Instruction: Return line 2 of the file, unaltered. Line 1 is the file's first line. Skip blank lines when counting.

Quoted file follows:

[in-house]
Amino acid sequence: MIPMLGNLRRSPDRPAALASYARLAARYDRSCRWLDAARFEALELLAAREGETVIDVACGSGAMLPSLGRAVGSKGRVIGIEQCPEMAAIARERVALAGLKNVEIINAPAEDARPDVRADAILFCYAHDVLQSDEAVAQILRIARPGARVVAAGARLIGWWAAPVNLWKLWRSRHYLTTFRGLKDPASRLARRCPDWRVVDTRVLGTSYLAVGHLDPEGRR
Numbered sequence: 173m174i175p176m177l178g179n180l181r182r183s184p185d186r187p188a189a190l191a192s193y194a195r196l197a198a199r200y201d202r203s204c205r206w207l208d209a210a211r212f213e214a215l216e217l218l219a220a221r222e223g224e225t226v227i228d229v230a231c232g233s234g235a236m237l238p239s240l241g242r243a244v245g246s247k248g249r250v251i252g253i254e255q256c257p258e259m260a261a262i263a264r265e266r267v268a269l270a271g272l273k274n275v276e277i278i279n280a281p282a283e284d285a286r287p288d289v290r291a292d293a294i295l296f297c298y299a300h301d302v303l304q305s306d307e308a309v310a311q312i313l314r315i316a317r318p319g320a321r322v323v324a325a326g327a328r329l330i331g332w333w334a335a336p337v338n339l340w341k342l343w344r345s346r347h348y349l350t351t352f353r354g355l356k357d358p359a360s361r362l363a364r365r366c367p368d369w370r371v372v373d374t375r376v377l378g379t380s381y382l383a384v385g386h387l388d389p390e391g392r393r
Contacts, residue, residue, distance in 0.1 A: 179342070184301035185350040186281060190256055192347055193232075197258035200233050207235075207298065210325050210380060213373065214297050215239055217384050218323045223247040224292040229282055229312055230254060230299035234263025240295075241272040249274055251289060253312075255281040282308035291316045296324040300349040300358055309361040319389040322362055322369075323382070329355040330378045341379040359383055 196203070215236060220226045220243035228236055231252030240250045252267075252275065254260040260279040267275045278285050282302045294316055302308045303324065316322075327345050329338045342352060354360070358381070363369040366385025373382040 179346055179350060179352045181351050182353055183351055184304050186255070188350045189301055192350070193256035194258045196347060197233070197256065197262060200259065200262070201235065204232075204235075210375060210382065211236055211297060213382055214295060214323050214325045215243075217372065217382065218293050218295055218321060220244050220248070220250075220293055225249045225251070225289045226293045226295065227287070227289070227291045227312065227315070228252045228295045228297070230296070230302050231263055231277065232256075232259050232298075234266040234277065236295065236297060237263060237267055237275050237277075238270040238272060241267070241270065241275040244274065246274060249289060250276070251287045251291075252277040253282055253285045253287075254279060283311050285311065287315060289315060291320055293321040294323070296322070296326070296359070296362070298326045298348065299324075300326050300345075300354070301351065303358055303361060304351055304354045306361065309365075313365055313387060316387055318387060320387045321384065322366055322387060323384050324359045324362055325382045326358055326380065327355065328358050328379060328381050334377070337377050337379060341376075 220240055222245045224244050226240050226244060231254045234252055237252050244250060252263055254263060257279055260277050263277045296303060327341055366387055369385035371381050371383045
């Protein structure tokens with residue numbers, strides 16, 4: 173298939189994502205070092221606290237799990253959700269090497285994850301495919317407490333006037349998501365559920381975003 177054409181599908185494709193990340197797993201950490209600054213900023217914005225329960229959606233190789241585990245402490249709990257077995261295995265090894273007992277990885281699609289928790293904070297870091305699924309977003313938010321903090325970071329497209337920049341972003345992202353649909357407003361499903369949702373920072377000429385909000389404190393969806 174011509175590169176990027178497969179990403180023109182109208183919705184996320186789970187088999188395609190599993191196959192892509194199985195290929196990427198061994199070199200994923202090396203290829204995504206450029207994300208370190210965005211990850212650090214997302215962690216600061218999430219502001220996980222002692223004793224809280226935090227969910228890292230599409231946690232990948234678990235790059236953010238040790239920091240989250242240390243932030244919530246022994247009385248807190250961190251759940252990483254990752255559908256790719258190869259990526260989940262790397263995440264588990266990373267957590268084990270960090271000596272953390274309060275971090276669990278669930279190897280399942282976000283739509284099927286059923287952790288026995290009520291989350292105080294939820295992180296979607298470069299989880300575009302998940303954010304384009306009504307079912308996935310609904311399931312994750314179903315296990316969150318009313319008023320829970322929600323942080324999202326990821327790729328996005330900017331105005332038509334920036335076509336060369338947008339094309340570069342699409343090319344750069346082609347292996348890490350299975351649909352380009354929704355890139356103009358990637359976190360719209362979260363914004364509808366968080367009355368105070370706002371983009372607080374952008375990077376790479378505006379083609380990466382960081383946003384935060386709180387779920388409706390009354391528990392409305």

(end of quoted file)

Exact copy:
Amino acid sequence: MIPMLGNLRRSPDRPAALASYARLAARYDRSCRWLDAARFEALELLAAREGETVIDVACGSGAMLPSLGRAVGSKGRVIGIEQCPEMAAIARERVALAGLKNVEIINAPAEDARPDVRADAILFCYAHDVLQSDEAVAQILRIARPGARVVAAGARLIGWWAAPVNLWKLWRSRHYLTTFRGLKDPASRLARRCPDWRVVDTRVLGTSYLAVGHLDPEGRR